Ruger American Ranch Rifle
- 6 Comments
- Last updated: 25/05/2021
The Ruger American product range consists of a selection of affordable sporting rifles. In the USA, there is a choice of seven different versions, which are available in loads of calibres from .223 all the way up to .450 Bushmaster, with a choice of barrel lengths too.
Here in the UK, Viking Arms offers three models. The Ranch is priced at £717, shows a flat dark earth (FDE) synthetic stock, 16.12” barrel and comes in either 7.62x39mm, 5.56x45mm NATO or .300 AAC Blackout (BLK). Next up is the Predator, which shares the same stock as the Ranch but in Moss Green and is available in .308 Win with an 18” barrel and .22-250 Rem, .223 Rem, .204 Ruger and 6.5 Creedmoor with a 22” tube. Prices start at £665.00. The Hunter costs £1035, is fitted with a Magpul Hunter stock (hence the name) and is available in 6.5 Creedmoor with a 20” barrel.
Drawn to its compact dimensions and to a calibre I had not tried before, I opted to test a Ranch chambered in .300 BLK, keen to see what this little rifle from Ruger was capable of.
I like a short, manoeuvrable rifle and straight from the box, I was quite taken with the handling characteristics of the Ranch. It is fitted with a petite sporting, ambidextrous, lightweight synthetic stock that includes sling studs and follows a basic design familiar to us all. It sounds a bit ‘plasticky’ when tapped but feels pleasantly grippy and impressively strong.
The design shows a 1” thick rubber recoil pad, secured via two screws, giving the rifle a length of pull (LOP) of 13.75”. A little short for me but perfectly manageable on a sporting rifle such as this. Although comfortable, the comb is dead level so the natural head position is a bit low when using a scope. If it was my rifle, I would fit a rear stock bag/cheek rest to sort that.
The pistol grip is on the small side and is fairly narrow, however, it shows palm swells on both sides to help fill the firing hand as well as some raised grip serrations. The reach to the trigger was a little short for me but in no way uncomfortable. Up at the front, the forend extends forwards 9.5” from the action and shows a very comfortable, rounded underside and tip. Along its length, on the sides, it shows effective textured cut-outs/serrations for grip, with a nice finger/thumb groove incorporated into the design.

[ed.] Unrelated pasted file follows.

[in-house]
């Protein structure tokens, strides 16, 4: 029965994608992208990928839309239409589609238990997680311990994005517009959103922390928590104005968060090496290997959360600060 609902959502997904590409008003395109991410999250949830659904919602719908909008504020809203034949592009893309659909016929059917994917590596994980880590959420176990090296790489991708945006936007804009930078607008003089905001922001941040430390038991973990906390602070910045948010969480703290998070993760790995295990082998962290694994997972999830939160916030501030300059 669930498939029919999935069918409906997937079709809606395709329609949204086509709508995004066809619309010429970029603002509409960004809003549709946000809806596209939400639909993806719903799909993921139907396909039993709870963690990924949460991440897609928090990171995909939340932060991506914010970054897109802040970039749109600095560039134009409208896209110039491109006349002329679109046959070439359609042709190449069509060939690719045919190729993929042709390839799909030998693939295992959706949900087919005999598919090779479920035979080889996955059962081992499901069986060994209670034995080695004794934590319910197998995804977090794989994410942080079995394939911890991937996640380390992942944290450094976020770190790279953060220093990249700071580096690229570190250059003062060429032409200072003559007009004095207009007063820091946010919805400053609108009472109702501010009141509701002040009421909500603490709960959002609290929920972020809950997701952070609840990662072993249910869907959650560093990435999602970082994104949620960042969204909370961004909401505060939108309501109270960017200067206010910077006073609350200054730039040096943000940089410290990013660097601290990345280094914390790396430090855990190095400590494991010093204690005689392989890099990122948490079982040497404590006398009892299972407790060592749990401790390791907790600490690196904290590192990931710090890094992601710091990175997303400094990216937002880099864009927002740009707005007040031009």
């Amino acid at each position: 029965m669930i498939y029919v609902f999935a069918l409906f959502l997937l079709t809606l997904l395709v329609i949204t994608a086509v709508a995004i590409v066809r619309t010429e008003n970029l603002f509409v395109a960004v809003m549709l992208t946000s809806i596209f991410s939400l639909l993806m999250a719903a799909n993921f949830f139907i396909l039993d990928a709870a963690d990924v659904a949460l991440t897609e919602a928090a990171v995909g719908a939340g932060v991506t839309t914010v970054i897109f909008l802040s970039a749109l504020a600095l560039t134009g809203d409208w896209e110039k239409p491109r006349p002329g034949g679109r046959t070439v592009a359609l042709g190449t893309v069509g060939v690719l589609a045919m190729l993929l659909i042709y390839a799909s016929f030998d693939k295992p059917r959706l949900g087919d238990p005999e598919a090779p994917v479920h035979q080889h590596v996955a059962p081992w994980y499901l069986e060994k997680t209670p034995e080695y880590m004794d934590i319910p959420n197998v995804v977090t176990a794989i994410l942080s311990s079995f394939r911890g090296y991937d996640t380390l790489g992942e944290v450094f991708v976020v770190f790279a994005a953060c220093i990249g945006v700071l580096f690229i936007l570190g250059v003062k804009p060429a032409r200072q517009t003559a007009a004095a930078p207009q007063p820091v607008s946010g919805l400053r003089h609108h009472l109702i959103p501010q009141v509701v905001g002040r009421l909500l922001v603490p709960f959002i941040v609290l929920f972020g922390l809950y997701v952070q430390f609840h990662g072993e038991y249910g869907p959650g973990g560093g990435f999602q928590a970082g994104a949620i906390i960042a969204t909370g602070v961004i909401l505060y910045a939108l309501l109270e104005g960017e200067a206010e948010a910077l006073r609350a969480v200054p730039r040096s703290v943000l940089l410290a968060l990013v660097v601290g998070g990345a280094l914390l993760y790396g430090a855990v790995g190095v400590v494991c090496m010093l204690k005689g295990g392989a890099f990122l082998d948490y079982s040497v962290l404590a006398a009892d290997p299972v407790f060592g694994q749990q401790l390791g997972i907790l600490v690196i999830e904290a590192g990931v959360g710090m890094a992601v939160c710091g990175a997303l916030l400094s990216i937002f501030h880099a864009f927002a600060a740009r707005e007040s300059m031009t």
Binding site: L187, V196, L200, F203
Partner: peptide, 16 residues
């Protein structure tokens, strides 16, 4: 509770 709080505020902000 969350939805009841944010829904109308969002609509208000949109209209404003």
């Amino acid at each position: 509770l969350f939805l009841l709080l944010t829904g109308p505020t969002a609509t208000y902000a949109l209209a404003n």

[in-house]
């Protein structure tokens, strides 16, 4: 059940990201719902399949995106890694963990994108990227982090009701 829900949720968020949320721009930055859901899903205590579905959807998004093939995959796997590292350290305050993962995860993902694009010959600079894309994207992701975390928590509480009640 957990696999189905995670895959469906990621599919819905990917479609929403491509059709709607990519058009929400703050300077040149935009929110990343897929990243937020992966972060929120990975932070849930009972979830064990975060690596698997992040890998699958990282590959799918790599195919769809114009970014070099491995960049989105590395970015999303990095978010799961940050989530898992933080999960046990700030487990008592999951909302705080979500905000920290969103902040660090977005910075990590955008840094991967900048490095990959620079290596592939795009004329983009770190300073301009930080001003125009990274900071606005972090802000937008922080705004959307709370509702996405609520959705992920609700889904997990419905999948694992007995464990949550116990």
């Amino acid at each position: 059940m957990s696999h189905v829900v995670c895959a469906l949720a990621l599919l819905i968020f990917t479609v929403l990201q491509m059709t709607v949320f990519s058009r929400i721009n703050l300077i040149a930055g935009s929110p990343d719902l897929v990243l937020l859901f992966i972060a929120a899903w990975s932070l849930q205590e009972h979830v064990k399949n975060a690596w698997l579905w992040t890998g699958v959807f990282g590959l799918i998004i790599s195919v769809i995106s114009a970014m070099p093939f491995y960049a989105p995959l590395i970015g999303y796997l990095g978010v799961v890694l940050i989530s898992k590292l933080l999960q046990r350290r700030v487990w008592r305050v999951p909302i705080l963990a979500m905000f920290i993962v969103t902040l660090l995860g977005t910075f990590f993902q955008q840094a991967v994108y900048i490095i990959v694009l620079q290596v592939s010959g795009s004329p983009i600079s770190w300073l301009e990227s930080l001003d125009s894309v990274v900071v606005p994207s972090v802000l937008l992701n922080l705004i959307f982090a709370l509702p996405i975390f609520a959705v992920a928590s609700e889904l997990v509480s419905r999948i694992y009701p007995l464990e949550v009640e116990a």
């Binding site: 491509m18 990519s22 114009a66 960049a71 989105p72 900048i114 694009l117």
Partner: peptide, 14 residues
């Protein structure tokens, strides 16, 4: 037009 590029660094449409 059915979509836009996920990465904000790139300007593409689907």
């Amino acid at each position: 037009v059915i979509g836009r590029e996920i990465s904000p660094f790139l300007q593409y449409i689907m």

Instead of a traditional bottom metal, the trigger guard is part of the stock mould and the magazine well is a separate component. It appears friction fitted and is secured in position using the two action screws. These continue through two metal integral bedding blocks which make up Ruger’s patented Power Bedding System. This not only positively locates the receiver in the stock but allows the user to torque up the screws without crushing anything. Further investigation showed that the barrel was comfortably free-floated all the way back to the barrel nut, helping to prevent it from coming into contact with the forend during shooting. The inside of the forend includes a heavy lattice structure along its entire length, which provides extra strength.
The cold hammer-forged barrel is just 16.12” long, giving the rifle an overall length of just 36” unmoderated. It shows a medium-weight profile that tapers from a 29.5mm diameter at the barrel nut to 18.6mm at the muzzle, where it is threaded 5/8”-24. In Blackout, it comes with a 1:7” right-hand twist which is very common for the calibre.
The Ruger American action shares a quality matte black finish with the barrel and up top, it shows a factory fitted 6” Picatinny rail. The receiver shows a gas escape hole on each side, a 2.75” ejection port and a bolt release tab located rear/left.
The one-piece, chrome finished bolt shows three lugs giving it a nice 70° throw, so there is enough clearance between the scopes eyepiece and the bolt’s 2.25” handle with 18mm teardrop knob. The bolt face shows a single sprung ejector and an extractor.
The Ruger Marksman trigger is a nice single-stage unit that shows a blade-in-blade build similar to the Savage Accutrigger. With the barrelled action removed from the stock, the unit can be safely adjusted by the user from 3 to 5lbs, and out of the box, mine broke at a pleasant 3lbs 10oz.